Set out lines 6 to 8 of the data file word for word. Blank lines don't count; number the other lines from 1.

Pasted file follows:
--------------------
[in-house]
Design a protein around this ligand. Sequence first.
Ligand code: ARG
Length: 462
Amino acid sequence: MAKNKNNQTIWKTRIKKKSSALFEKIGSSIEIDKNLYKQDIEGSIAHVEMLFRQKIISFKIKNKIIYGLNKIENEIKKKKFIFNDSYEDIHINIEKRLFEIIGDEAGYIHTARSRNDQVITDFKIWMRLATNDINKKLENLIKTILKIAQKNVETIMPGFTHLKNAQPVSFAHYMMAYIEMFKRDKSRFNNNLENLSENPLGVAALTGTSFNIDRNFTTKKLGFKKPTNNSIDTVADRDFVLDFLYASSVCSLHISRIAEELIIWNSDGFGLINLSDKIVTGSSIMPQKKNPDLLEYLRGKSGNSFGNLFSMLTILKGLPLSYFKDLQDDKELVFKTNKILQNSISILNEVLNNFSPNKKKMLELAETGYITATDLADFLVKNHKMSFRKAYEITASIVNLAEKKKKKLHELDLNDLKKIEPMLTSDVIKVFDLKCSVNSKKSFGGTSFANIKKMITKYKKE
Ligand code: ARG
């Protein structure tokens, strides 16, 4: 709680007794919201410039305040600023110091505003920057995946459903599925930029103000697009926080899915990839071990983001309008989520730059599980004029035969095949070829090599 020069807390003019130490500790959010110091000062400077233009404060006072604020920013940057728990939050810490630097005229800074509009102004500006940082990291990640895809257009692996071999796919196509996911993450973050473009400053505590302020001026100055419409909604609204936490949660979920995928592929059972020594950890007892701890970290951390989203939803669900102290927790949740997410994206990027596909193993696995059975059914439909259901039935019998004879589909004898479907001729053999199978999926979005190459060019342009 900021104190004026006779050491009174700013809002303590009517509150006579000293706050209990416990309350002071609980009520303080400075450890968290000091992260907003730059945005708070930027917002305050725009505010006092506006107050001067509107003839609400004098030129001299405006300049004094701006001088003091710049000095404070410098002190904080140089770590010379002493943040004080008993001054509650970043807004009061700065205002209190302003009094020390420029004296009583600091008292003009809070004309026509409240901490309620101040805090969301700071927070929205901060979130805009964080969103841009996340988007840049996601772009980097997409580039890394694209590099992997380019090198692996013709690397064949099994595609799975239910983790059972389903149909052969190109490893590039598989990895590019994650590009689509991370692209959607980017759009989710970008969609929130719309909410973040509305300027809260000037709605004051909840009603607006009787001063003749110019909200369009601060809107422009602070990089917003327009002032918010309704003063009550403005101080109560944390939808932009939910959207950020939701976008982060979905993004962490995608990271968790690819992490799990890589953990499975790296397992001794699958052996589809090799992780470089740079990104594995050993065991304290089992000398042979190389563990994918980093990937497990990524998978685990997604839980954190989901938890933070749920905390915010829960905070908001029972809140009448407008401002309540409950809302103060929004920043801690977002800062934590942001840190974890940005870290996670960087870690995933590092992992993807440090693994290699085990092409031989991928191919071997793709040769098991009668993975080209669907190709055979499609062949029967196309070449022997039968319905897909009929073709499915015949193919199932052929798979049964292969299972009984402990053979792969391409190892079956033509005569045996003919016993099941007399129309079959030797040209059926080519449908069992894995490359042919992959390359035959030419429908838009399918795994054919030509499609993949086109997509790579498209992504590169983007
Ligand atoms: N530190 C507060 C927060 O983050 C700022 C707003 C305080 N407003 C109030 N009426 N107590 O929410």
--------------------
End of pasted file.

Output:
Ligand code: ARG
């Protein structure tokens, strides 16, 4: 709680007794919201410039305040600023110091505003920057995946459903599925930029103000697009926080899915990839071990983001309008989520730059599980004029035969095949070829090599 020069807390003019130490500790959010110091000062400077233009404060006072604020920013940057728990939050810490630097005229800074509009102004500006940082990291990640895809257009692996071999796919196509996911993450973050473009400053505590302020001026100055419409909604609204936490949660979920995928592929059972020594950890007892701890970290951390989203939803669900102290927790949740997410994206990027596909193993696995059975059914439909259901039935019998004879589909004898479907001729053999199978999926979005190459060019342009 900021104190004026006779050491009174700013809002303590009517509150006579000293706050209990416990309350002071609980009520303080400075450890968290000091992260907003730059945005708070930027917002305050725009505010006092506006107050001067509107003839609400004098030129001299405006300049004094701006001088003091710049000095404070410098002190904080140089770590010379002493943040004080008993001054509650970043807004009061700065205002209190302003009094020390420029004296009583600091008292003009809070004309026509409240901490309620101040805090969301700071927070929205901060979130805009964080969103841009996340988007840049996601772009980097997409580039890394694209590099992997380019090198692996013709690397064949099994595609799975239910983790059972389903149909052969190109490893590039598989990895590019994650590009689509991370692209959607980017759009989710970008969609929130719309909410973040509305300027809260000037709605004051909840009603607006009787001063003749110019909200369009601060809107422009602070990089917003327009002032918010309704003063009550403005101080109560944390939808932009939910959207950020939701976008982060979905993004962490995608990271968790690819992490799990890589953990499975790296397992001794699958052996589809090799992780470089740079990104594995050993065991304290089992000398042979190389563990994918980093990937497990990524998978685990997604839980954190989901938890933070749920905390915010829960905070908001029972809140009448407008401002309540409950809302103060929004920043801690977002800062934590942001840190974890940005870290996670960087870690995933590092992992993807440090693994290699085990092409031989991928191919071997793709040769098991009668993975080209669907190709055979499609062949029967196309070449022997039968319905897909009929073709499915015949193919199932052929798979049964292969299972009984402990053979792969391409190892079956033509005569045996003919016993099941007399129309079959030797040209059926080519449908069992894995490359042919992959390359035959030419429908838009399918795994054919030509499609993949086109997509790579498209992504590169983007
Ligand atoms: N530190 C507060 C927060 O983050 C700022 C707003 C305080 N407003 C109030 N009426 N107590 O929410």